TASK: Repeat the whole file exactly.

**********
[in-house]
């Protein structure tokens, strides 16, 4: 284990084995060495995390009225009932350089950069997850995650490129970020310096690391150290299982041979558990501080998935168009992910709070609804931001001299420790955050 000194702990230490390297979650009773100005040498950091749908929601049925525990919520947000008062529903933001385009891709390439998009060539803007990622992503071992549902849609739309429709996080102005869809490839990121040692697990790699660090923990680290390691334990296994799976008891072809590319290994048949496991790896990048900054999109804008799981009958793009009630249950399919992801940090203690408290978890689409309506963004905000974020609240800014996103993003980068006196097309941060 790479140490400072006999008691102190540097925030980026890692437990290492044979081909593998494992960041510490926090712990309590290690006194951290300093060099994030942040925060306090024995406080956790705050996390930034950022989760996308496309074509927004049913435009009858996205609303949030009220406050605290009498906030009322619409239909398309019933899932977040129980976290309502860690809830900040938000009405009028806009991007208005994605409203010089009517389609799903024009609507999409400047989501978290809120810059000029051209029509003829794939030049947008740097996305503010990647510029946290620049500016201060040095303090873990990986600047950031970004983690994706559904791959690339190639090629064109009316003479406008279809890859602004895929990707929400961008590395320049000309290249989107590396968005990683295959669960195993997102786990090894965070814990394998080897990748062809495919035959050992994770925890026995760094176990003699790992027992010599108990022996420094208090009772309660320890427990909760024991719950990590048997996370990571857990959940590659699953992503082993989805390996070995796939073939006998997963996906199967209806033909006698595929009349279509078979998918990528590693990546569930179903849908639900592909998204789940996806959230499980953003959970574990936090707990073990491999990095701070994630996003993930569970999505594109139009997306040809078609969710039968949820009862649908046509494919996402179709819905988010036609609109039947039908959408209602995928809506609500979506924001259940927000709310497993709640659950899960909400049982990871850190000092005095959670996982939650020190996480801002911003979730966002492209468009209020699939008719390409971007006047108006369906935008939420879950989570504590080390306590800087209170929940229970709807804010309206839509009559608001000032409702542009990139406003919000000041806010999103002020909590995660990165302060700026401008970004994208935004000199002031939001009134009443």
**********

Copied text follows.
[in-house]
């Protein structure tokens, strides 16, 4: 284990084995060495995390009225009932350089950069997850995650490129970020310096690391150290299982041979558990501080998935168009992910709070609804931001001299420790955050 000194702990230490390297979650009773100005040498950091749908929601049925525990919520947000008062529903933001385009891709390439998009060539803007990622992503071992549902849609739309429709996080102005869809490839990121040692697990790699660090923990680290390691334990296994799976008891072809590319290994048949496991790896990048900054999109804008799981009958793009009630249950399919992801940090203690408290978890689409309506963004905000974020609240800014996103993003980068006196097309941060 790479140490400072006999008691102190540097925030980026890692437990290492044979081909593998494992960041510490926090712990309590290690006194951290300093060099994030942040925060306090024995406080956790705050996390930034950022989760996308496309074509927004049913435009009858996205609303949030009220406050605290009498906030009322619409239909398309019933899932977040129980976290309502860690809830900040938000009405009028806009991007208005994605409203010089009517389609799903024009609507999409400047989501978290809120810059000029051209029509003829794939030049947008740097996305503010990647510029946290620049500016201060040095303090873990990986600047950031970004983690994706559904791959690339190639090629064109009316003479406008279809890859602004895929990707929400961008590395320049000309290249989107590396968005990683295959669960195993997102786990090894965070814990394998080897990748062809495919035959050992994770925890026995760094176990003699790992027992010599108990022996420094208090009772309660320890427990909760024991719950990590048997996370990571857990959940590659699953992503082993989805390996070995796939073939006998997963996906199967209806033909006698595929009349279509078979998918990528590693990546569930179903849908639900592909998204789940996806959230499980953003959970574990936090707990073990491999990095701070994630996003993930569970999505594109139009997306040809078609969710039968949820009862649908046509494919996402179709819905988010036609609109039947039908959408209602995928809506609500979506924001259940927000709310497993709640659950899960909400049982990871850190000092005095959670996982939650020190996480801002911003979730966002492209468009209020699939008719390409971007006047108006369906935008939420879950989570504590080390306590800087209170929940229970709807804010309206839509009559608001000032409702542009990139406003919000000041806010999103002020909590995660990165302060700026401008970004994208935004000199002031939001009134009443």